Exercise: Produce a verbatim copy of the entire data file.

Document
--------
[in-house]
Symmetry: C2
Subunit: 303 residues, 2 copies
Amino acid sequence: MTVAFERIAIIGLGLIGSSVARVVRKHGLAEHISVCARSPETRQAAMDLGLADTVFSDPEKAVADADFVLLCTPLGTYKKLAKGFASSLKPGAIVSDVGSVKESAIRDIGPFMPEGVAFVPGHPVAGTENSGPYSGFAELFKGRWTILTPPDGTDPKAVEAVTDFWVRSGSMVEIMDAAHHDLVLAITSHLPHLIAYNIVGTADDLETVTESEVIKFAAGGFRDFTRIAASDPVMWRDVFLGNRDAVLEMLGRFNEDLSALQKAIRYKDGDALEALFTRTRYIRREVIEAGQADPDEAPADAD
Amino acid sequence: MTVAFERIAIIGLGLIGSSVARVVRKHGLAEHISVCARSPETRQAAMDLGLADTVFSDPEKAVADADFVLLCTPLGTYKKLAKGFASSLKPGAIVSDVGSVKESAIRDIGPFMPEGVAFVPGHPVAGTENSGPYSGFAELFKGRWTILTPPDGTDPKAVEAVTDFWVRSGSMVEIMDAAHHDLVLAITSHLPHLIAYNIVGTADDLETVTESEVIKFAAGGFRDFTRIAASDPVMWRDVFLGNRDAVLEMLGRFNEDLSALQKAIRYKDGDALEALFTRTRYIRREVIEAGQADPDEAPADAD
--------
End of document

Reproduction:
[in-house]
Symmetry: C2
Subunit: 303 residues, 2 copies
Amino acid sequence: MTVAFERIAIIGLGLIGSSVARVVRKHGLAEHISVCARSPETRQAAMDLGLADTVFSDPEKAVADADFVLLCTPLGTYKKLAKGFASSLKPGAIVSDVGSVKESAIRDIGPFMPEGVAFVPGHPVAGTENSGPYSGFAELFKGRWTILTPPDGTDPKAVEAVTDFWVRSGSMVEIMDAAHHDLVLAITSHLPHLIAYNIVGTADDLETVTESEVIKFAAGGFRDFTRIAASDPVMWRDVFLGNRDAVLEMLGRFNEDLSALQKAIRYKDGDALEALFTRTRYIRREVIEAGQADPDEAPADAD
Amino acid sequence: MTVAFERIAIIGLGLIGSSVARVVRKHGLAEHISVCARSPETRQAAMDLGLADTVFSDPEKAVADADFVLLCTPLGTYKKLAKGFASSLKPGAIVSDVGSVKESAIRDIGPFMPEGVAFVPGHPVAGTENSGPYSGFAELFKGRWTILTPPDGTDPKAVEAVTDFWVRSGSMVEIMDAAHHDLVLAITSHLPHLIAYNIVGTADDLETVTESEVIKFAAGGFRDFTRIAASDPVMWRDVFLGNRDAVLEMLGRFNEDLSALQKAIRYKDGDALEALFTRTRYIRREVIEAGQADPDEAPADAD